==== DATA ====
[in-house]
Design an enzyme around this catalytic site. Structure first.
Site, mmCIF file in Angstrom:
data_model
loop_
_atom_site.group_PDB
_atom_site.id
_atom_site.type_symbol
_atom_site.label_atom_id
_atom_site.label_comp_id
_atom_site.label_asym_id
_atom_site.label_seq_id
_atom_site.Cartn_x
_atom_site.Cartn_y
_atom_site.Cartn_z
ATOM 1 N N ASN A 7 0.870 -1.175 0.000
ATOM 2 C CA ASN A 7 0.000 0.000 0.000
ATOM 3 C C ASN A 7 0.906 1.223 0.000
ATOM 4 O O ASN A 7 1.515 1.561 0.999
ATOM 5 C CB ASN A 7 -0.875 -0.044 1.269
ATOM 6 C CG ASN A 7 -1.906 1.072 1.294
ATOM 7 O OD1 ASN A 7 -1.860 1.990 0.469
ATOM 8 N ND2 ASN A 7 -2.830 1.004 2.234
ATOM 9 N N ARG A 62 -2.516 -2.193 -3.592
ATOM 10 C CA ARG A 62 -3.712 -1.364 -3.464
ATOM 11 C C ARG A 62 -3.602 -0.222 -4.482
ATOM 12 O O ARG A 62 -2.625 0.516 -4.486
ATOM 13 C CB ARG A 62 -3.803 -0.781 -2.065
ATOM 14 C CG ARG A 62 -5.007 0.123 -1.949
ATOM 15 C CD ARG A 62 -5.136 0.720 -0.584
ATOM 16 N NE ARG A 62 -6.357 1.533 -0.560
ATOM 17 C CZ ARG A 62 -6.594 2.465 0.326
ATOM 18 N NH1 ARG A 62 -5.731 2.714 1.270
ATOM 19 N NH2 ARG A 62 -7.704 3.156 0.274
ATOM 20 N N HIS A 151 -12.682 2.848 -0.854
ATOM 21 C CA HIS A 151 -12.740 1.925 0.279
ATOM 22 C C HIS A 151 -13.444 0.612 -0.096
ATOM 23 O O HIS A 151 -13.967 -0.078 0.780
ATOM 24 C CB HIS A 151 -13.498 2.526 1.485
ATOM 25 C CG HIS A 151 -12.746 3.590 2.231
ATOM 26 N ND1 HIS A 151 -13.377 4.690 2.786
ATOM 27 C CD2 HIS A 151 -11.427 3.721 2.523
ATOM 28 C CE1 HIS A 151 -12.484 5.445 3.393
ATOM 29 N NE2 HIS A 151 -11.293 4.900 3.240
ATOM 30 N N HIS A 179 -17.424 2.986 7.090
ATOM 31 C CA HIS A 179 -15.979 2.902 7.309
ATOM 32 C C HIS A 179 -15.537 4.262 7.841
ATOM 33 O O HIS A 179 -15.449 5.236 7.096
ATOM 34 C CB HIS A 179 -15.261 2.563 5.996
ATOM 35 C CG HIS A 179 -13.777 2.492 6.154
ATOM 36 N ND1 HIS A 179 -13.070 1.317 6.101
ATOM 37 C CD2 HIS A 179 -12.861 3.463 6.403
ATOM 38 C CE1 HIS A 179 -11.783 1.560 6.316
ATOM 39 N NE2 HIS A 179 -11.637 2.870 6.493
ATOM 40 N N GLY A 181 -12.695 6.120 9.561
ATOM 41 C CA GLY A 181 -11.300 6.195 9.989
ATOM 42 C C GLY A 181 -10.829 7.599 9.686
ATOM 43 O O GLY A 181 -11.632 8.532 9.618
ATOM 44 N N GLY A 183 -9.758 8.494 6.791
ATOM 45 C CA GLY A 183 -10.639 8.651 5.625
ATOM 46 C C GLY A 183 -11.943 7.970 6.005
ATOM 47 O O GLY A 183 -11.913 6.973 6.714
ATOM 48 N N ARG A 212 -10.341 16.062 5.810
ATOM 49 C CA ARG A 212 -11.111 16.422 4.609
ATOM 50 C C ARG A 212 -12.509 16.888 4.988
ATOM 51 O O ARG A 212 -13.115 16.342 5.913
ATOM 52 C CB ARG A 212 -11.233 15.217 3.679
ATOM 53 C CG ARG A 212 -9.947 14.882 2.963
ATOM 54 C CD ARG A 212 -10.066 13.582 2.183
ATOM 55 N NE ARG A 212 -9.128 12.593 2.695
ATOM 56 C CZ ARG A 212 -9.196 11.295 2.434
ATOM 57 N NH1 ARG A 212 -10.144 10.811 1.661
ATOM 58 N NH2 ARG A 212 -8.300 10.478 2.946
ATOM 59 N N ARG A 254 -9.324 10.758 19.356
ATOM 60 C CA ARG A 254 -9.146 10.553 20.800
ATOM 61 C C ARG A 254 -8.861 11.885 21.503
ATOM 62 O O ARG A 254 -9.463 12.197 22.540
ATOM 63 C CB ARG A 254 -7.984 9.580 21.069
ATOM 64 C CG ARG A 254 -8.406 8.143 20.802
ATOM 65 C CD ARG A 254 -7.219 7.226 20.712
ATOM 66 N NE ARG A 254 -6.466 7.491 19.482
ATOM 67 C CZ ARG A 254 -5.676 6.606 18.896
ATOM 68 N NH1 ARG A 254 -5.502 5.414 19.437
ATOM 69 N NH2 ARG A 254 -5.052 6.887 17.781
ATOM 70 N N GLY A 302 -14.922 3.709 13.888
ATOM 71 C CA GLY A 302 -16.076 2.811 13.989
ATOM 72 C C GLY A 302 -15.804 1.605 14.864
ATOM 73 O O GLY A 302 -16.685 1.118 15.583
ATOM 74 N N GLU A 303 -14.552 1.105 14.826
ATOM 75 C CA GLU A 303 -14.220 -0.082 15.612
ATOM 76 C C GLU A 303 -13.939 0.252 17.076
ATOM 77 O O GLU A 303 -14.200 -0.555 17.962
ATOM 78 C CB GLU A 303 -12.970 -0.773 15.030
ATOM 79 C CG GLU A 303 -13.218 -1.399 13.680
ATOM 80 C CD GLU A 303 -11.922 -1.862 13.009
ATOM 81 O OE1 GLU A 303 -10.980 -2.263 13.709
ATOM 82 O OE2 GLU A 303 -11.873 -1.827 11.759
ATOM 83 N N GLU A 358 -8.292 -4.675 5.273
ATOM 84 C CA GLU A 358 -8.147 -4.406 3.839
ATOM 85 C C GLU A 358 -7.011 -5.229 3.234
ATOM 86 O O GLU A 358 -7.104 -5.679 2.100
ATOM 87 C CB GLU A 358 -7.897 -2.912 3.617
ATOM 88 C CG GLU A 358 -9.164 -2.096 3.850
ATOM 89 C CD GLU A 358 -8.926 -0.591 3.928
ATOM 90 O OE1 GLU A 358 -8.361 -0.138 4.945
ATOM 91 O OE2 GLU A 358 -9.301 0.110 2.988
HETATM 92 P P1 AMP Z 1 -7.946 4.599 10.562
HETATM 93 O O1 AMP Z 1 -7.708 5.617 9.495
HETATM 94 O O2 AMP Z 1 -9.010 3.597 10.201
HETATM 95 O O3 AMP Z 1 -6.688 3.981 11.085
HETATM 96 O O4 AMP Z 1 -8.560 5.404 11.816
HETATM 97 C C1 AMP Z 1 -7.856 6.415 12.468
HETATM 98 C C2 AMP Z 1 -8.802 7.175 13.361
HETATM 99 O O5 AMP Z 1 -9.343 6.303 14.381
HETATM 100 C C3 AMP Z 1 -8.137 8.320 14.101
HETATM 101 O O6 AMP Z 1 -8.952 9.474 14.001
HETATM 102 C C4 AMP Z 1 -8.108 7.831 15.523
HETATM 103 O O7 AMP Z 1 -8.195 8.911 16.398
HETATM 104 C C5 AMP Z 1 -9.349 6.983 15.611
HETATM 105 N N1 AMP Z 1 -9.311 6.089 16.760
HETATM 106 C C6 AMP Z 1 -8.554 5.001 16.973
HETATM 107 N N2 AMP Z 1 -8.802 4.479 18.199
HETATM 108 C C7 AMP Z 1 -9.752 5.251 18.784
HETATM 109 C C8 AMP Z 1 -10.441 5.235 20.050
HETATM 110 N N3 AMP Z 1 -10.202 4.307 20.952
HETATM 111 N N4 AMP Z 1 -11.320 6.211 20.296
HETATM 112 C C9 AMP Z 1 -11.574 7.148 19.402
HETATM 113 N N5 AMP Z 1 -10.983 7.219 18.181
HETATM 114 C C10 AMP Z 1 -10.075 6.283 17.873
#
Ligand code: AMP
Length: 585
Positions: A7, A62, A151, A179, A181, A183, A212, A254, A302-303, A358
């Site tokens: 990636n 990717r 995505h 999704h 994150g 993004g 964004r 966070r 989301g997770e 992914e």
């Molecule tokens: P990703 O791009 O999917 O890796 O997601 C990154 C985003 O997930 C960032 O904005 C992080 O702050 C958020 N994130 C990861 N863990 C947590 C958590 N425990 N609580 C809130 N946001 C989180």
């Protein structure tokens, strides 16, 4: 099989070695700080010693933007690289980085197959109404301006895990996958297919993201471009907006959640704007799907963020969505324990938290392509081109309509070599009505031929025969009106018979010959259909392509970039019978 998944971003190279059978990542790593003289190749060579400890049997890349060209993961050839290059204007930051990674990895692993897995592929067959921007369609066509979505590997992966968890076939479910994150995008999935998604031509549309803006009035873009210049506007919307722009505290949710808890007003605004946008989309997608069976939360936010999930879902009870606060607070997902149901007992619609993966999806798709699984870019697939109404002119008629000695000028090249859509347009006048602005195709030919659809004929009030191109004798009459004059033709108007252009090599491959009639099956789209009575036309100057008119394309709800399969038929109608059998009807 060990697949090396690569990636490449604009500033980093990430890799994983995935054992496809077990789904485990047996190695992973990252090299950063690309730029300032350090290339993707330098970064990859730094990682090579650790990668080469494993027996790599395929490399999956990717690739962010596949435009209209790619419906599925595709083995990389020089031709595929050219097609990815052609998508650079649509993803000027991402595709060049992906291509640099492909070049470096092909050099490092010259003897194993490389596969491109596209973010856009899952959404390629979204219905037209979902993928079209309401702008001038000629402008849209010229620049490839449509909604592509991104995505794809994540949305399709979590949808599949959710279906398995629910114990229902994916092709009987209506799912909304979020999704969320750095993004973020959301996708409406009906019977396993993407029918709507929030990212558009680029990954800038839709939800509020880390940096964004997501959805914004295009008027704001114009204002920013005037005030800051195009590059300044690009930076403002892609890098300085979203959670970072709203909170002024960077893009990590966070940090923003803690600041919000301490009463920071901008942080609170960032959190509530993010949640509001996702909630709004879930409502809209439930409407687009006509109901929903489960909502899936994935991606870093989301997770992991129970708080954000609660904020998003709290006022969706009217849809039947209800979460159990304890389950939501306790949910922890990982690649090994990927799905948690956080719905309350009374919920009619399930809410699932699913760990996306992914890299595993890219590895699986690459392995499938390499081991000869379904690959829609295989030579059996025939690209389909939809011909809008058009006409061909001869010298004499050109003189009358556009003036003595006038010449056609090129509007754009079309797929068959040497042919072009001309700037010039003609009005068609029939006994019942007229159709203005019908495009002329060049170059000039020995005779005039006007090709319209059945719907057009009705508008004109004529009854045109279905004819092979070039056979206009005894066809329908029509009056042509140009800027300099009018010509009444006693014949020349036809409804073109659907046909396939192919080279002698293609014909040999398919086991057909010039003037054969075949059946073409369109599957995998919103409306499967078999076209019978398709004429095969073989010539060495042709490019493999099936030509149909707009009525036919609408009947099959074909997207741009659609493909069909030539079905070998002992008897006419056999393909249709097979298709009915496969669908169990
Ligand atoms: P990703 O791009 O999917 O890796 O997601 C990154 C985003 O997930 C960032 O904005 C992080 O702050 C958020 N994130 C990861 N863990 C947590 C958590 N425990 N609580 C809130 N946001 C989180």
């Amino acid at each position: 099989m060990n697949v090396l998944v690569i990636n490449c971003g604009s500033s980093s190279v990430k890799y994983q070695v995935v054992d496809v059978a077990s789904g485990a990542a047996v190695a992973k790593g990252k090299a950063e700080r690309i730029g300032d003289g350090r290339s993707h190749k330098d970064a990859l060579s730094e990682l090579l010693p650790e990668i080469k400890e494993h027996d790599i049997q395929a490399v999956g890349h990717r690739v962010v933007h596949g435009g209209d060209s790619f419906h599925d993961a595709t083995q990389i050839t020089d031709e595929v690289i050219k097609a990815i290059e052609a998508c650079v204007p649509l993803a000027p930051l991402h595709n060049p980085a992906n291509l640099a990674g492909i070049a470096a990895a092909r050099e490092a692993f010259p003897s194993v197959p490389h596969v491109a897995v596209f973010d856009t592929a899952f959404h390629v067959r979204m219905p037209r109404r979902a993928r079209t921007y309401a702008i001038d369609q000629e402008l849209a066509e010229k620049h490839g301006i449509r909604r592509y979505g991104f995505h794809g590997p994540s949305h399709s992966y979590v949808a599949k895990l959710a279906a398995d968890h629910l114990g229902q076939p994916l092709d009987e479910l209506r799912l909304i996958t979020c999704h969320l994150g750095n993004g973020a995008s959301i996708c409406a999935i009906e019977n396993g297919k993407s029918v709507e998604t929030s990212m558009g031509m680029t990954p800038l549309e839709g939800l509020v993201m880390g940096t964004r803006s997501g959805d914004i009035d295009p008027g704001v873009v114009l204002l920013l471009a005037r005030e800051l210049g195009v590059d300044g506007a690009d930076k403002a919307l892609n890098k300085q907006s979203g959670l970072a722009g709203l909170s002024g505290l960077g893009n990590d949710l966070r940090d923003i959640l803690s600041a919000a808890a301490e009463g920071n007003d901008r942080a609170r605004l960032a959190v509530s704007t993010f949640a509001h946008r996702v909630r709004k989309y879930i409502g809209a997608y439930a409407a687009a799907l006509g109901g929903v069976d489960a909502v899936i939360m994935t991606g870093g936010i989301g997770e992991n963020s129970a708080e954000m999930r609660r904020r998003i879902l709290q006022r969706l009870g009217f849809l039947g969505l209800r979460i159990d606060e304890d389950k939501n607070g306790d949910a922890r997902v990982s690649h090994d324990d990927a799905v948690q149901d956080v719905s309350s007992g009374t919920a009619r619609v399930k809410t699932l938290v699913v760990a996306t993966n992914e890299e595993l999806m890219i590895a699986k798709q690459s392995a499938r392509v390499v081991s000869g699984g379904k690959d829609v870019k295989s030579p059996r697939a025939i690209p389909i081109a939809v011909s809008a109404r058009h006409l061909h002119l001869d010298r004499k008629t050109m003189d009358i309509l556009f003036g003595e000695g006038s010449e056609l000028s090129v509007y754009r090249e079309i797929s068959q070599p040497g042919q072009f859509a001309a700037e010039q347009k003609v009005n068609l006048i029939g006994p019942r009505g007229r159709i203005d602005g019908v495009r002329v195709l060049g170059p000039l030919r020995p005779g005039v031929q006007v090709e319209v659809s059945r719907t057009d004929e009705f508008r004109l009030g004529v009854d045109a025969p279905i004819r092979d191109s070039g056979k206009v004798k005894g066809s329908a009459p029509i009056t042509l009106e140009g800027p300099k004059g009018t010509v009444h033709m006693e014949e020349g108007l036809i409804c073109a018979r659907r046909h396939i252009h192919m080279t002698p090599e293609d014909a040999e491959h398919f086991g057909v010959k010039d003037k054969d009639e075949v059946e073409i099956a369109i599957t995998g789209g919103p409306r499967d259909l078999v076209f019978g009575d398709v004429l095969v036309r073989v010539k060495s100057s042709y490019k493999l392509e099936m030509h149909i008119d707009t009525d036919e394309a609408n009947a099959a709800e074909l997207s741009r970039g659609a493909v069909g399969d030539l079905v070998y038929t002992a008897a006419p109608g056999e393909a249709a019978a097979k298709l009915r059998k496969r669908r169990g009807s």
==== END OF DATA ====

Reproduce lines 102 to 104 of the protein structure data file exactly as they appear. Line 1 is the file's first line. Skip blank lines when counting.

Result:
ATOM 87 C CB GLU A 358 -7.897 -2.912 3.617
ATOM 88 C CG GLU A 358 -9.164 -2.096 3.850
ATOM 89 C CD GLU A 358 -8.926 -0.591 3.928